Tuesday, May 11, 2010

The Walworth Farce

The Walworth Farce by Enda Walsh, performed by the Druid Theatre
Reviewed by Stella Wilkie
This horrifying, extraordinary piece formed, for me, a unique experience in my theatre-going life. I was appalled by the story but dazzled by the production and performance. Perhaps I should admit that, at my advanced years, I lean towards happy endings, which this play certainly did not have, but can still try to dip my toe in hidden terrors and admire the skills and insights that bubble up.
The play is set in a tiny apartment on the 15th floor of the Walworth Building (near Elephant and Castle – London). Here live Dinny the father of Sean and Blake. Since Dinny lost his job six years ago, he enforces a rigid life on himself and his two sons, wherein he plays out the journey from Ireland and the events leading to it. This ritual takes place every day; the only one to leave the house is Sean, when he is sent to Tesco’s for the ‘running props’, six cans of Harp, fifteen crackers with spreadable cheese, ten pink biscuit wafers and a cooked chicken (think of it, every day for the last six years). The sons act out all the other parts which include lightning changes into skirts, wigs (all tattier and smelly as time goes on), For me, this was the true horror rather than the Grand Guignol ending. The ritual is broken by the wrong bag of groceries being brought in and the later appearance of the Tesco cashier, a black girl.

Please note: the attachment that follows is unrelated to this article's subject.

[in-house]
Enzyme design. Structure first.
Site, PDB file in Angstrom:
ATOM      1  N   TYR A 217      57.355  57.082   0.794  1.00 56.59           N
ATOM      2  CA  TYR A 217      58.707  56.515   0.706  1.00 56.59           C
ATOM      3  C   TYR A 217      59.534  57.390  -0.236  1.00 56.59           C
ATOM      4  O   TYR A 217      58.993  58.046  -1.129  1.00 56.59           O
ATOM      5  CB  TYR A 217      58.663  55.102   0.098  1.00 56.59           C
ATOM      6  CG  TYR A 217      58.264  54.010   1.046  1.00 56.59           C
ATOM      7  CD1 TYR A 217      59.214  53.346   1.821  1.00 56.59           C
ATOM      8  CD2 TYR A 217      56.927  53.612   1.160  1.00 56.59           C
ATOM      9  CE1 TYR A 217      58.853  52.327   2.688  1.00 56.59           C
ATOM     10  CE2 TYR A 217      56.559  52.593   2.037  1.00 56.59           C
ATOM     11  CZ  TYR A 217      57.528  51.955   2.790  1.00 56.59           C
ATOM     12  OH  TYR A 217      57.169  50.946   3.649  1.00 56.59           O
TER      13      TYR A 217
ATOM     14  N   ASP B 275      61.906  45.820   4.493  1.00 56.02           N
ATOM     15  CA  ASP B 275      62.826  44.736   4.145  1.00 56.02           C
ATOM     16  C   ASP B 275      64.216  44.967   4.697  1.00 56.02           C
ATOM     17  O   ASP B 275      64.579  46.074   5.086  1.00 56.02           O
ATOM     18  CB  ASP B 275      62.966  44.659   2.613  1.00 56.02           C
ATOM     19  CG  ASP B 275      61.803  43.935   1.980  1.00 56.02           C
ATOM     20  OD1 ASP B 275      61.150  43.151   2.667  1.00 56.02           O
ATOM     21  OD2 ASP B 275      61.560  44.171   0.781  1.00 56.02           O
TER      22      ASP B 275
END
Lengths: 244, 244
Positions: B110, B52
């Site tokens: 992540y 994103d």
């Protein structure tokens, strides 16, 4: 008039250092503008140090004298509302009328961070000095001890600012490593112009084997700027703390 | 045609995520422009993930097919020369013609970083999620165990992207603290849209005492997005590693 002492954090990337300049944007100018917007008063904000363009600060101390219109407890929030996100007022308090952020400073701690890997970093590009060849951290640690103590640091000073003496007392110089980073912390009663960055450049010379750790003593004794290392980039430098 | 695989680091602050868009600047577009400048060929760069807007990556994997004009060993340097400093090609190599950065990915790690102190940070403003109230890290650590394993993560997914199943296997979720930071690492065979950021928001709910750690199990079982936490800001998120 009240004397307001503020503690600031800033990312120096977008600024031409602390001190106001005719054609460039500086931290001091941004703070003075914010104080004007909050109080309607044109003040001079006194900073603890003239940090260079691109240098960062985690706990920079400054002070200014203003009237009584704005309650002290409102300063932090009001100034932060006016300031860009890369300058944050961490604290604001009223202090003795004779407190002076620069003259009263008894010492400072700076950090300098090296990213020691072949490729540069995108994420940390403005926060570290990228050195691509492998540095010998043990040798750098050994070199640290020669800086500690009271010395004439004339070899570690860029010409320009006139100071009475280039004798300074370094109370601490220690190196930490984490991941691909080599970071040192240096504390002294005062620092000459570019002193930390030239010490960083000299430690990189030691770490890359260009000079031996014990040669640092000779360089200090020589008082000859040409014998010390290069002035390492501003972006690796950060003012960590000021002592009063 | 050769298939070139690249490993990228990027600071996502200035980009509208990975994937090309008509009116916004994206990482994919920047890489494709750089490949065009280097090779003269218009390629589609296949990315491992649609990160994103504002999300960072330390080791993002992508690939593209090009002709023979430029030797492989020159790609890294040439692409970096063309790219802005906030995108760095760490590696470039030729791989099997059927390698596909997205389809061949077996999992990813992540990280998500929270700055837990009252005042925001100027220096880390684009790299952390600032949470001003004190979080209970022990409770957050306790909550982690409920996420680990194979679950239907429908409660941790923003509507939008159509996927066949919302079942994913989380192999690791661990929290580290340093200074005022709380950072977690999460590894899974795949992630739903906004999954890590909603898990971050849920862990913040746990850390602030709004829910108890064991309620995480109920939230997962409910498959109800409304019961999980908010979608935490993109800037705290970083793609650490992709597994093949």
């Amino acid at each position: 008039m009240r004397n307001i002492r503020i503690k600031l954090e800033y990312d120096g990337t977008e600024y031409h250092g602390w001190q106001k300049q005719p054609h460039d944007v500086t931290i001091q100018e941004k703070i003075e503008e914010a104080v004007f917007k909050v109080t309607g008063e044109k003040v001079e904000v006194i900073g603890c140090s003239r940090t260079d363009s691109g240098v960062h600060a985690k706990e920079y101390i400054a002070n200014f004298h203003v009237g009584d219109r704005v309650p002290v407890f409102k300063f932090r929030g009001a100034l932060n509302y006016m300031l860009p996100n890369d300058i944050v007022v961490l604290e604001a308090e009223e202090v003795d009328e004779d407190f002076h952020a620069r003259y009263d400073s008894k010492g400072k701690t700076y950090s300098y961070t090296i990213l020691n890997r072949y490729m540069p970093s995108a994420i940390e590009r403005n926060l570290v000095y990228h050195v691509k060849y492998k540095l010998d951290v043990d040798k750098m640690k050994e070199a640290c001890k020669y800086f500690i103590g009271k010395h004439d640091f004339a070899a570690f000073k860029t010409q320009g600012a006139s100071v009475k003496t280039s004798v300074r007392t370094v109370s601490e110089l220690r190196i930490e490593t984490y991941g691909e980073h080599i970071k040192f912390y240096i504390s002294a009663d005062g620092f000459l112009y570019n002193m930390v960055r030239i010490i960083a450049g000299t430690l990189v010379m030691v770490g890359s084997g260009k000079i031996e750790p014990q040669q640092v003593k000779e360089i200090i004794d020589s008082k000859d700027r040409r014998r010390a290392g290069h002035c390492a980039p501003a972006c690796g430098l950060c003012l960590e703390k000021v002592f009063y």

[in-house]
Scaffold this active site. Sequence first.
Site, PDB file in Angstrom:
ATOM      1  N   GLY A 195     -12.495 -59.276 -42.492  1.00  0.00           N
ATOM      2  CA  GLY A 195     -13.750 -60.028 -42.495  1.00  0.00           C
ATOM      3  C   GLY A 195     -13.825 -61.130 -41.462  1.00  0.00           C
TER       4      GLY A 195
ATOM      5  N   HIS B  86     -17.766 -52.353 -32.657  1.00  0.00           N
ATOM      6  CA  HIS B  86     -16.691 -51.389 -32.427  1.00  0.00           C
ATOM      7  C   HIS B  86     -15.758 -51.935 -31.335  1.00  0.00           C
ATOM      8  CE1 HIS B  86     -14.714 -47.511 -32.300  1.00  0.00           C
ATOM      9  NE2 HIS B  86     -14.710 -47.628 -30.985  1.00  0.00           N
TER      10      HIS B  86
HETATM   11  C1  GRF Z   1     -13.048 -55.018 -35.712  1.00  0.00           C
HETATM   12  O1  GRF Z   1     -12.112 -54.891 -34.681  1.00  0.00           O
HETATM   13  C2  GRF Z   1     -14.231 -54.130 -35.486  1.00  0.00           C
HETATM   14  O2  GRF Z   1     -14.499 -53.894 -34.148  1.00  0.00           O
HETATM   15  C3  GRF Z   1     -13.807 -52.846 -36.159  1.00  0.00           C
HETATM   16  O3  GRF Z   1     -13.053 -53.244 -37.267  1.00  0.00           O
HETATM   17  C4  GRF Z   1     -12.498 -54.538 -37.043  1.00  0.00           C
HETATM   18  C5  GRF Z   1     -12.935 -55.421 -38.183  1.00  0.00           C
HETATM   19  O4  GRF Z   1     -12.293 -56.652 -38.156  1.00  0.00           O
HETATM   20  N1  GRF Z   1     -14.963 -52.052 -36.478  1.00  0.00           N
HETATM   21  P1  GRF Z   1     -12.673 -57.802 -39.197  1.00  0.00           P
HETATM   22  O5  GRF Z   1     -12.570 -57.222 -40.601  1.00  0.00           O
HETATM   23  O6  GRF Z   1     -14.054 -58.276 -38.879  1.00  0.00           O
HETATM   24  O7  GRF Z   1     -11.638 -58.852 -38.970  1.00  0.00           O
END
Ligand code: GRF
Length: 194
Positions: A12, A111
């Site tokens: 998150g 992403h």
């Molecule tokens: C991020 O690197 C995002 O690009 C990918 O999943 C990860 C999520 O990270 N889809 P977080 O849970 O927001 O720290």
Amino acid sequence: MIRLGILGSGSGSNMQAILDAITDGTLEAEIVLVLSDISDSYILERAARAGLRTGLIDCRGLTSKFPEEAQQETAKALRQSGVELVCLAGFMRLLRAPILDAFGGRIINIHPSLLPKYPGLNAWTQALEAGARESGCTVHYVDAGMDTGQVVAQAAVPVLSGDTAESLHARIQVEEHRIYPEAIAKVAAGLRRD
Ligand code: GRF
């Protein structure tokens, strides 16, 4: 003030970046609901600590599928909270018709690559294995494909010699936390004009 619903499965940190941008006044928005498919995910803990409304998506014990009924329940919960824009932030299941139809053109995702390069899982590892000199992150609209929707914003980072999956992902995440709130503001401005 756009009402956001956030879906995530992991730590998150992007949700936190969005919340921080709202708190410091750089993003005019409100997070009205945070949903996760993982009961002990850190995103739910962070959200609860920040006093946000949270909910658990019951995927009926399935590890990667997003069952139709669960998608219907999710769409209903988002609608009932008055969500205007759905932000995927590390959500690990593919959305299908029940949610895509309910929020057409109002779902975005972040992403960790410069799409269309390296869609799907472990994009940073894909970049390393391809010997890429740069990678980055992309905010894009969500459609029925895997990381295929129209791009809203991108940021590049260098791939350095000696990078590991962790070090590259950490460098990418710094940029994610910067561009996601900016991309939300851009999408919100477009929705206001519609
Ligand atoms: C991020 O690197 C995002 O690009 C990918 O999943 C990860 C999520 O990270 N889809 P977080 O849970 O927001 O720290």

Why do I admire it? Mainly for the skill and total reality evoked by the actors. Their movements sometimes reached a balletic accuracy, and I believed every minute. I feel I have been fed a banquet – even if it tasted nasty.